France: Medal of French Recognition 1914-1918 (Medaille De La Reconnaissance Francaise 1914-1918). 1st type. 1st Class 'Gilt' medal with silk rosette
The Medal of French Gratitude was created on, 13 July 1917, and originally was intended as a decoration for award to civilians - albeit the award criteria was subsequently expanded to include reward to military & nursing personnel (French & Allied). The medal was created to express gratitude by the French government to all those who, without legal or military obligation, had come to the aid of the injured, disabled, refugees, or who had performed an act of exceptional dedication in the presence of the enemy during the First World War. The creation of this distinction was mainly the result of unsuccessful offensives of General Nivelle in 1917 and the serious crisis of confidence in France. The French government thus wanted to thank those who, despite the crisis, were always volunteering
The decoration was awarded to: Persons who, in the presence of the enemy, have performed acts of exceptional dedication, the duration of these services having spanned one year (Decree of December 2, 1917); Deserving communities (whose members were are not allowed to wear the ribbon or individual medal by decree of December 2, 1917); Citizens of Alsace and Lorraine who were deported, exiled or imprisoned, before August 1, 1914, by German authorities because of their attachment to France and those in the departments occupied themselves, for their courageous stand while exposed to reprisals (Decree of 1 April 1922); and Prisoners of war, civilian prisoners, hostages and deportees because of exceptional acts courage and dedication for the allied cause. The inhabitants of occupied areas or Alsace and Lorraine who helped these people (decrees of 29 November 1926 and December 8, 1928)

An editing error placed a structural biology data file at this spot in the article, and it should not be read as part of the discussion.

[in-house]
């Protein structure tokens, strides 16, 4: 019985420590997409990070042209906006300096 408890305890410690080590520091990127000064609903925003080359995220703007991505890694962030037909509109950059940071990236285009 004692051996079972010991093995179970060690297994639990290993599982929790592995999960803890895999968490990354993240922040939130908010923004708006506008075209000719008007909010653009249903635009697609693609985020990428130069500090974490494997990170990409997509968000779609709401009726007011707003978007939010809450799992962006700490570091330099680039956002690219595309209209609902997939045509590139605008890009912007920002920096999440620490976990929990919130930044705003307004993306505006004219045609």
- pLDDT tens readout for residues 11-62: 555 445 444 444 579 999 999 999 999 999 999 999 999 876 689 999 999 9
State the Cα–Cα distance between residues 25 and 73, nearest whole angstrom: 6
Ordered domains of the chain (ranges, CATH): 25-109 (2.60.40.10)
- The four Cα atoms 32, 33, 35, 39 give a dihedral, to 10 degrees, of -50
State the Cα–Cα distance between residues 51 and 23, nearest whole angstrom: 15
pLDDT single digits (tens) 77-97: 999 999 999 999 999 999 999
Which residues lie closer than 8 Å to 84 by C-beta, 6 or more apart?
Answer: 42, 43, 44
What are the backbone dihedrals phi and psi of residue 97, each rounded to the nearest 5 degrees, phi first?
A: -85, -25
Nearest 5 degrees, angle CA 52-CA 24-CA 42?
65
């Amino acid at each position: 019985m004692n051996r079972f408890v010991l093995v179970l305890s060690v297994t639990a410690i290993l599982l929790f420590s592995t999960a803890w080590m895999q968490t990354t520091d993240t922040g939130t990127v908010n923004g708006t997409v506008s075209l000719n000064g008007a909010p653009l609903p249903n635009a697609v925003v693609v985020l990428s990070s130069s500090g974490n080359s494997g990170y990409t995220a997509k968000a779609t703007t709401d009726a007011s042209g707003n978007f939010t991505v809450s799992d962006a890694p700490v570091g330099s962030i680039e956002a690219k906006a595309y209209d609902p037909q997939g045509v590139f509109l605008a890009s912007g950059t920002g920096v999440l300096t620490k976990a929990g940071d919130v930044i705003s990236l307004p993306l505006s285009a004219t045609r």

The decoration was awarded in three grades: Gold, Silver and Bronze
The decoration was awarded in two different designs: Type I by Jules Desbois (for Great War awardees) and Type II (for Second World War wardees) by Maurice Delannoy. It has been estimated that an estimated 15,000 people and communities were recipients of this award
This decoration is now obsolete, with the last award being issued on February 14, 1959.
Rare seen as a 1st Class award